For printmaker John Moses, mystery lies in not knowing exactly what will emerge each time he draws a printing plate away from the paper. Moses worked as an interior architect and designer for many years before retiring to Santa Barbara in the 1980s. On August 30 and 31, his modern, southwestern-style house on the Riviera will be the venue for an extensive display of his abstract, geometric paintings and monotypes-original prints made from acrylic forms.

Moses remembers becoming acquainted with printmaking in courses with Tony Askew at Westmont College, and today cites Askew as among the most influential of his teachers. “I thought printmaking was a waste of effort at first, because I didn’t know how to do it,” Moses says, grinning. “As I began to do more and more, I developed my own technique. I liked the surprises you’d get from a print.”

Although all his larger scale works are acrylic paintings, Moses gets most animated when talking about the smaller, more detailed prints. Using plates of Plexiglas with acrylic cutouts laid on top, Moses paints the plates with printing ink before pressing them onto paper. He never cleans off the ink left on the plate from the previous printing, ensuring that something unexpected will come through each time. Picking up a 10″x10″ monotype titled “Morning Song,” Moses explains, “There are traces from the past in there.” Reddish orbs float atop a grayish, mottled ground; you can pick out the outlines of earlier prints that exert their influence here. In other prints, Moses uses a palette knife to push the paint into ridges and blobs. “Little shifts happen when you being to push and suddenly amazing things happen,” he says excitedly.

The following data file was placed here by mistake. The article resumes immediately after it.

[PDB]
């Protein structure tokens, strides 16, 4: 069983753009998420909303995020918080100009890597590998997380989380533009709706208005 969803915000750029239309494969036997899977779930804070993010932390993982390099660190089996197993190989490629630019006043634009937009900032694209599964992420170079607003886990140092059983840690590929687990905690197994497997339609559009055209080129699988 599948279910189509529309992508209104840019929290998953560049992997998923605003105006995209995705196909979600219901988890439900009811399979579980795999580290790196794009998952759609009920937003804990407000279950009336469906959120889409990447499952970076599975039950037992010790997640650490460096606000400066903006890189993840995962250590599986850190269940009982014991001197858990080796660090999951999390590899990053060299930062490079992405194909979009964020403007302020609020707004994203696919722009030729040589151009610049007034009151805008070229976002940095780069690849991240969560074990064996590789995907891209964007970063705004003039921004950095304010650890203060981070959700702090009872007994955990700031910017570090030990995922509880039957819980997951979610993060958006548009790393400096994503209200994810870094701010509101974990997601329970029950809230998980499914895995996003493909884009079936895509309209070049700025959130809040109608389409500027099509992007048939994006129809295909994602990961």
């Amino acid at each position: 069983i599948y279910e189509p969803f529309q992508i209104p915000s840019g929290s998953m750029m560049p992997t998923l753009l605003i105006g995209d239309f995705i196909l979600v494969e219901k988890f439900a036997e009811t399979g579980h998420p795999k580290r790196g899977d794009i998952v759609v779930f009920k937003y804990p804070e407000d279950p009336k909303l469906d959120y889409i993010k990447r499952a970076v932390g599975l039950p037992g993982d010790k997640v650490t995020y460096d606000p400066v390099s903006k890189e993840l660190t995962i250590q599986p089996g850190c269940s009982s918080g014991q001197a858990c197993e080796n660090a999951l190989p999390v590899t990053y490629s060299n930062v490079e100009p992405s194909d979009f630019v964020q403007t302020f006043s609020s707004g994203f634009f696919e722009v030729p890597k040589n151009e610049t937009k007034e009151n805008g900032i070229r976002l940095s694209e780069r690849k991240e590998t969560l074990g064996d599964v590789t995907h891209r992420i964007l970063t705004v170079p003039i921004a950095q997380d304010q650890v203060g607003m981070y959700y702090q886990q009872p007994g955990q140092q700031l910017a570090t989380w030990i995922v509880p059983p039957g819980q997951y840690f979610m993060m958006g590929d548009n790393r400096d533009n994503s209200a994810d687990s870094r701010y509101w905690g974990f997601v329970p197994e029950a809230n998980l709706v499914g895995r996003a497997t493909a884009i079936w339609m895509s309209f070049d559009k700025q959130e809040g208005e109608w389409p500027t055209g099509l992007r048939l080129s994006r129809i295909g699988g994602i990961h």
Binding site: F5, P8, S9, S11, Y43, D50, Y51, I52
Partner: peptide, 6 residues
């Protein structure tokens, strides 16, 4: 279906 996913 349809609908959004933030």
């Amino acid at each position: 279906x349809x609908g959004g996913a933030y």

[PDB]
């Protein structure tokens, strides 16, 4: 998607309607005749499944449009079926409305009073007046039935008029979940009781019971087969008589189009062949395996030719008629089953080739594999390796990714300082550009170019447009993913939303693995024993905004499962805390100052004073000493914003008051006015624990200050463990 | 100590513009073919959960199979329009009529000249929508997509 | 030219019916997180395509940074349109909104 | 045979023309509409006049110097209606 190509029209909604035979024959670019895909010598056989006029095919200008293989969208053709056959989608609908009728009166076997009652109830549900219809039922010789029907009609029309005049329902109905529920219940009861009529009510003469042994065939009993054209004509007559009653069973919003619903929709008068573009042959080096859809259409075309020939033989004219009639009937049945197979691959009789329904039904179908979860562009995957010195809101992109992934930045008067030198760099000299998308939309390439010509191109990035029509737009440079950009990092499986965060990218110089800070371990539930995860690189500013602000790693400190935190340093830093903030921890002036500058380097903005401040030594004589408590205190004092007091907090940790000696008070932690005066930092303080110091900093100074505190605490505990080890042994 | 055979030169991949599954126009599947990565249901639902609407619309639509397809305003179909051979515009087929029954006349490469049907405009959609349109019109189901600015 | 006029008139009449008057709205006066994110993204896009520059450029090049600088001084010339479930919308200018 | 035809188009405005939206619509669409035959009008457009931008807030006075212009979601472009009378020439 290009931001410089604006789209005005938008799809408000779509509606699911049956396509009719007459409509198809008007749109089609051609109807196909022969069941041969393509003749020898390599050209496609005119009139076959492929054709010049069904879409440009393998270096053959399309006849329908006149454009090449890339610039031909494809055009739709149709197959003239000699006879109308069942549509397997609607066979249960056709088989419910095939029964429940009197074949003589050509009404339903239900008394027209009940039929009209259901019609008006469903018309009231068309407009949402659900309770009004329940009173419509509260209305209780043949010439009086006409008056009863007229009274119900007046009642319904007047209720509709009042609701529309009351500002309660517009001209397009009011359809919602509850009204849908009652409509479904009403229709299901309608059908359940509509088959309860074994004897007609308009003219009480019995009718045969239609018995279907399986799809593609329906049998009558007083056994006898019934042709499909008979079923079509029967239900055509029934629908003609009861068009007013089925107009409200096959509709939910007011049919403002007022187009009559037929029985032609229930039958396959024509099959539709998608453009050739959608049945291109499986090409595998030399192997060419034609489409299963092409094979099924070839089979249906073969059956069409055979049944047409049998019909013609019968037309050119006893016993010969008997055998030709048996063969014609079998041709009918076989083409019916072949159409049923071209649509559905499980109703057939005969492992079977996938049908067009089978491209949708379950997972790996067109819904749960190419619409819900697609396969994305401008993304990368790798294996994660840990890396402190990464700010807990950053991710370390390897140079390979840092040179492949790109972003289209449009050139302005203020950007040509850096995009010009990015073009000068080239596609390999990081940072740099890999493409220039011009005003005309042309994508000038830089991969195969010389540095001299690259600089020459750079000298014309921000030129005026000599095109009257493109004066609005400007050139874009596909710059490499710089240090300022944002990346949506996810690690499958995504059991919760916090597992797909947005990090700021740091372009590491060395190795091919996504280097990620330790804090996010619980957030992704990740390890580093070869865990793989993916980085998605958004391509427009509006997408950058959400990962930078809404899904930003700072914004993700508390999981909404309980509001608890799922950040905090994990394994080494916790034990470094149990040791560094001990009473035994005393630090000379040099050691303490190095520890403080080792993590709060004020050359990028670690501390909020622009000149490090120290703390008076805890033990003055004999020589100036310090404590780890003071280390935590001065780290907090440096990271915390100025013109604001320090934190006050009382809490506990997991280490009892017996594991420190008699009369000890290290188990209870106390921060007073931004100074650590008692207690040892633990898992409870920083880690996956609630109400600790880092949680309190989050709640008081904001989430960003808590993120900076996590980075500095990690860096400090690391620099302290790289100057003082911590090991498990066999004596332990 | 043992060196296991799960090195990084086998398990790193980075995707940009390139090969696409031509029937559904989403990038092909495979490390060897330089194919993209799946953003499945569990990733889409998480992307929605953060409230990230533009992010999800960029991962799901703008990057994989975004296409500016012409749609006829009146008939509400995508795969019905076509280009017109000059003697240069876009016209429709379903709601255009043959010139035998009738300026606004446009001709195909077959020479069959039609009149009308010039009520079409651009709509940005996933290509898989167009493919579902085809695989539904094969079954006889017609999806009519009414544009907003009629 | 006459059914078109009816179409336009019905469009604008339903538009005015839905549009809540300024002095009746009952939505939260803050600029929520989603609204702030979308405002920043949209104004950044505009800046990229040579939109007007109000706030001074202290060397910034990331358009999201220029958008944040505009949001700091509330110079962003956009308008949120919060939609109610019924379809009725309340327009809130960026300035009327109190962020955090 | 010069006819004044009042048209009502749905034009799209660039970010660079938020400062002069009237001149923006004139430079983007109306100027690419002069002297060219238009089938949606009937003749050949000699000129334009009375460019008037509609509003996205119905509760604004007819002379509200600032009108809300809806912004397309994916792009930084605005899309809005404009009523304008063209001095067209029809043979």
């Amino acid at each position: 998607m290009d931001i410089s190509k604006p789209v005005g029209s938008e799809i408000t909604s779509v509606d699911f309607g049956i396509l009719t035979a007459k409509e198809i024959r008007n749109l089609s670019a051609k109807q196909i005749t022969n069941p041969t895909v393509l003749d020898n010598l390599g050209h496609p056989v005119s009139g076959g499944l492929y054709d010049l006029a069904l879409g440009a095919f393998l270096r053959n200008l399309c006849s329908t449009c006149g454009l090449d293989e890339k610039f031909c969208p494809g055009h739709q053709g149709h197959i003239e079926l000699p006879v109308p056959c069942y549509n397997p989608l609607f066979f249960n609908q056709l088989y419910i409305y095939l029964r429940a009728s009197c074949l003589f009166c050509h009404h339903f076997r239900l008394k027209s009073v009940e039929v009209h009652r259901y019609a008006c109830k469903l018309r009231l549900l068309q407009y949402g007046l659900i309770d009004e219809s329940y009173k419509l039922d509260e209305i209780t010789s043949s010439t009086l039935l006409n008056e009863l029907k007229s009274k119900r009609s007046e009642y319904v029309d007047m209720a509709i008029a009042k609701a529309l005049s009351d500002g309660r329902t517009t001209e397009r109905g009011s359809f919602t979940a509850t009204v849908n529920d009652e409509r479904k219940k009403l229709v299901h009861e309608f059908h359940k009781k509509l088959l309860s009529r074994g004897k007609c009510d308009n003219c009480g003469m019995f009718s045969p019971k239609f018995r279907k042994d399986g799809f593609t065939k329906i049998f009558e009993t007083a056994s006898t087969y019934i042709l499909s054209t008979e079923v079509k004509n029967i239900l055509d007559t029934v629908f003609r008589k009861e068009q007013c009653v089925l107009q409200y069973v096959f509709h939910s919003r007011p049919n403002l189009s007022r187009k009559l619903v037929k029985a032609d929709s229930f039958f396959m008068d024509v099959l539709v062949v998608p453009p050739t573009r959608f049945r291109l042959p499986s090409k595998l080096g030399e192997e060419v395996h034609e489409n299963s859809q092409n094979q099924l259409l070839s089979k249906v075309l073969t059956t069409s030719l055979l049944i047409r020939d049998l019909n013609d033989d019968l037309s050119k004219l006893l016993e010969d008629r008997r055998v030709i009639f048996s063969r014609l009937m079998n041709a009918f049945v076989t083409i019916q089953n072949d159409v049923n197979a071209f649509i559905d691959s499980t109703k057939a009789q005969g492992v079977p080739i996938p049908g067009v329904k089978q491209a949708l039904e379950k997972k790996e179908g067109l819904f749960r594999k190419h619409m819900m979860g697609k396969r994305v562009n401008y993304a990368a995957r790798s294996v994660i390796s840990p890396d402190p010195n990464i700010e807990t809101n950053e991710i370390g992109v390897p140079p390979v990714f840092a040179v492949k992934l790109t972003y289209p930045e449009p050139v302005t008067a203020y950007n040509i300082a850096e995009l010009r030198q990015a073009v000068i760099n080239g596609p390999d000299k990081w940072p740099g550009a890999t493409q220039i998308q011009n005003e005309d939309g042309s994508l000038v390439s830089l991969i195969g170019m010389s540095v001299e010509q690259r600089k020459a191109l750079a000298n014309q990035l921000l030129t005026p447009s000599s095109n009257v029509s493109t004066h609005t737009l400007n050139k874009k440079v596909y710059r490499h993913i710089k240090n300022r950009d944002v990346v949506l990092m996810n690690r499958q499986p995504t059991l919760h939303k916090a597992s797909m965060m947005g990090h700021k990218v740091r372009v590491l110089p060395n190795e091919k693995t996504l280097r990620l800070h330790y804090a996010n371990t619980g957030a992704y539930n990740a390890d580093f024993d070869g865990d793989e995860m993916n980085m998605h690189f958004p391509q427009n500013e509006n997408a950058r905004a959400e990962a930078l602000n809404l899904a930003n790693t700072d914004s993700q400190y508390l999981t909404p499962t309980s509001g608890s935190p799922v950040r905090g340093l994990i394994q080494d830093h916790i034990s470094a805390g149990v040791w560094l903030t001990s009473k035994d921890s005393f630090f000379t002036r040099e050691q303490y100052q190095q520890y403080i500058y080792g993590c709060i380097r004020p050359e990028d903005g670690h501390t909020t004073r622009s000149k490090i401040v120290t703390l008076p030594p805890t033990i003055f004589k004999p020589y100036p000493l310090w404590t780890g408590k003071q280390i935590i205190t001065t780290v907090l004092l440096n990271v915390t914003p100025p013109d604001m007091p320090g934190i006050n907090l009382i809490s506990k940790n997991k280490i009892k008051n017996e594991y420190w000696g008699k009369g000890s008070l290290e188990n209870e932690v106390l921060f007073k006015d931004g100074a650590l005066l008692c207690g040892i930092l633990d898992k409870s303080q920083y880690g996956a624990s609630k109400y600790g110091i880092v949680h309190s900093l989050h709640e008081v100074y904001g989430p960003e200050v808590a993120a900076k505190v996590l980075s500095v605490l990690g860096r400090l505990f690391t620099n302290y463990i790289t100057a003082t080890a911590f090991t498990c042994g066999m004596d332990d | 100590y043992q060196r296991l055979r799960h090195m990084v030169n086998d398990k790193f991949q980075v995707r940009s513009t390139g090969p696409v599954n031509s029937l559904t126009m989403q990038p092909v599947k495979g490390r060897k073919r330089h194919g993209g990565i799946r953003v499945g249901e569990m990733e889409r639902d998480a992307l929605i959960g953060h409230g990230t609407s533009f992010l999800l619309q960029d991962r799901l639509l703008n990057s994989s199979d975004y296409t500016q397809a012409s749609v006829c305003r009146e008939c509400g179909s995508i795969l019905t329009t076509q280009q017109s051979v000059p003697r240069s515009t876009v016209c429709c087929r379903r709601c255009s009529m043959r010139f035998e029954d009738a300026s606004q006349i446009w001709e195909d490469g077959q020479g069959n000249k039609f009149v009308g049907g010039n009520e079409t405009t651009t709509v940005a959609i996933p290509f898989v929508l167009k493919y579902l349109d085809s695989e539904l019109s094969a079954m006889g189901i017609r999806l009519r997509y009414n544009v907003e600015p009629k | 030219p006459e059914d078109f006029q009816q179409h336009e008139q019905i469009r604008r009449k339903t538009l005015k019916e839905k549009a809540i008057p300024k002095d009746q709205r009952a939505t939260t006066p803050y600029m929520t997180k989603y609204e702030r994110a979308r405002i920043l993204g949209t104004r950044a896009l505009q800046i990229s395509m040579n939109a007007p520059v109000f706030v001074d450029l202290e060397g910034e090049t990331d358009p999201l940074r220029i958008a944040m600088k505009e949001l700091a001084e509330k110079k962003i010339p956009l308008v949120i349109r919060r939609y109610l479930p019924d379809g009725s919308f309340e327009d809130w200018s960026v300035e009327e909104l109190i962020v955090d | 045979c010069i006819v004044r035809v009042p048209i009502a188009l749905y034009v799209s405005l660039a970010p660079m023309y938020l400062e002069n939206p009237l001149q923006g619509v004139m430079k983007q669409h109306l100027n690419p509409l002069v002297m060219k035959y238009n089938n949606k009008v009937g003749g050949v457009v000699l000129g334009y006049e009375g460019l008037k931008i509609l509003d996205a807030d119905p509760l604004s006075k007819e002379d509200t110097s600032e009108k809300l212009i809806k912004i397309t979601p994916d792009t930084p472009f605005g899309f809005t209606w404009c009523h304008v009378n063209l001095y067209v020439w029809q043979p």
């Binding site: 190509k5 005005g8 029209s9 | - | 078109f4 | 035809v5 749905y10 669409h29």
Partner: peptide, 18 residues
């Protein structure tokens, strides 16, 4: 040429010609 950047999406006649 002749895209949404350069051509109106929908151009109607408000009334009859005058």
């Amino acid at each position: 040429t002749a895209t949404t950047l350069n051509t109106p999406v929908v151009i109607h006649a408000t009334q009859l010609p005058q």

Among the many works Moses will have on display are a couple of Mark Rothko-esque, meditative watercolors, a print series of cylindrical containers, and a collection of unframed prints for those shopping within smaller budgets. His architectural background clearly informs his work-there’s an emphasis on lines, grids, and geometric forms, and a restricted primary color palette reminiscent of modernists like Piet Mondrian. And, in a nod to his early design days, Moses will include among his works a plywood chair he first envisioned while at the Rhode Island School of Design in 1953.

What excites Moses most-and what will no doubt strike viewers-is the blend of control and surprise present in his prints. “It’s always a combination of what’s gone before with the new elements,” he explains. “Each print is unique; none of them can be copied.” It’s not what one might expect from a print, and Moses is glad to be a little different. “I guess I’ve never been one to follow the routine or the process,” he says. “I did the process, but I did it on my own terms.”

Barbara Baker McIntyre
Paul Wellman

If there’s any artistic genre that’s based on the redefinition of its medium, it is found object art, and Barbara Baker McIntyre knows all about it. The studio behind her house in the Carpinteria foothills is lined from floor to ceiling with deep, tall shelves. On those shelves are boxes, and in those boxes are the objects McIntyre uses in her work. One is full of old-fashioned shoe forms, one of broken watch parts, and another of feathers. There are dice and game pieces, rusty gardening tools, antique books, baby dolls, and Mexican Milagros. When I arrive, she’s in the middle of shellacking the background of a framed piece that incorporates exotic papers, pieces of mother-of-pearl from a broken bracelet, buttons, and porcupine quills to create a miniature Japanese kimono. This piece and many more will be on display during the Open Studios Tour.